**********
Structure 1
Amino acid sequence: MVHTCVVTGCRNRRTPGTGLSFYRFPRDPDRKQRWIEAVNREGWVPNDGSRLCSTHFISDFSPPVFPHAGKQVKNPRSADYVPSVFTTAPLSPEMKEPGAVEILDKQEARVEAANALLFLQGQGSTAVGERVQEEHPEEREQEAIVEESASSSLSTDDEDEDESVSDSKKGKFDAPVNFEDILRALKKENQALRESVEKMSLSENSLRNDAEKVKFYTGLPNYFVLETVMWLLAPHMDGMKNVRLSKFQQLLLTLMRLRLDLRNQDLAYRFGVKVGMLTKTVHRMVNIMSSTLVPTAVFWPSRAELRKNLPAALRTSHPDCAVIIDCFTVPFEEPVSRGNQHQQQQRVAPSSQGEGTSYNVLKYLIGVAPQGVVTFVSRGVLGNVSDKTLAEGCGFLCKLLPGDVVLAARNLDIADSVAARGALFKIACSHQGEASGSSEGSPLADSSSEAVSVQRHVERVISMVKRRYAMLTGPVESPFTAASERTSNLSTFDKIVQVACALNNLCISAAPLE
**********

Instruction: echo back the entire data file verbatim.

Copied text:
Structure 1
Amino acid sequence: MVHTCVVTGCRNRRTPGTGLSFYRFPRDPDRKQRWIEAVNREGWVPNDGSRLCSTHFISDFSPPVFPHAGKQVKNPRSADYVPSVFTTAPLSPEMKEPGAVEILDKQEARVEAANALLFLQGQGSTAVGERVQEEHPEEREQEAIVEESASSSLSTDDEDEDESVSDSKKGKFDAPVNFEDILRALKKENQALRESVEKMSLSENSLRNDAEKVKFYTGLPNYFVLETVMWLLAPHMDGMKNVRLSKFQQLLLTLMRLRLDLRNQDLAYRFGVKVGMLTKTVHRMVNIMSSTLVPTAVFWPSRAELRKNLPAALRTSHPDCAVIIDCFTVPFEEPVSRGNQHQQQQRVAPSSQGEGTSYNVLKYLIGVAPQGVVTFVSRGVLGNVSDKTLAEGCGFLCKLLPGDVVLAARNLDIADSVAARGALFKIACSHQGEASGSSEGSPLADSSSEAVSVQRHVERVISMVKRRYAMLTGPVESPFTAASERTSNLSTFDKIVQVACALNNLCISAAPLE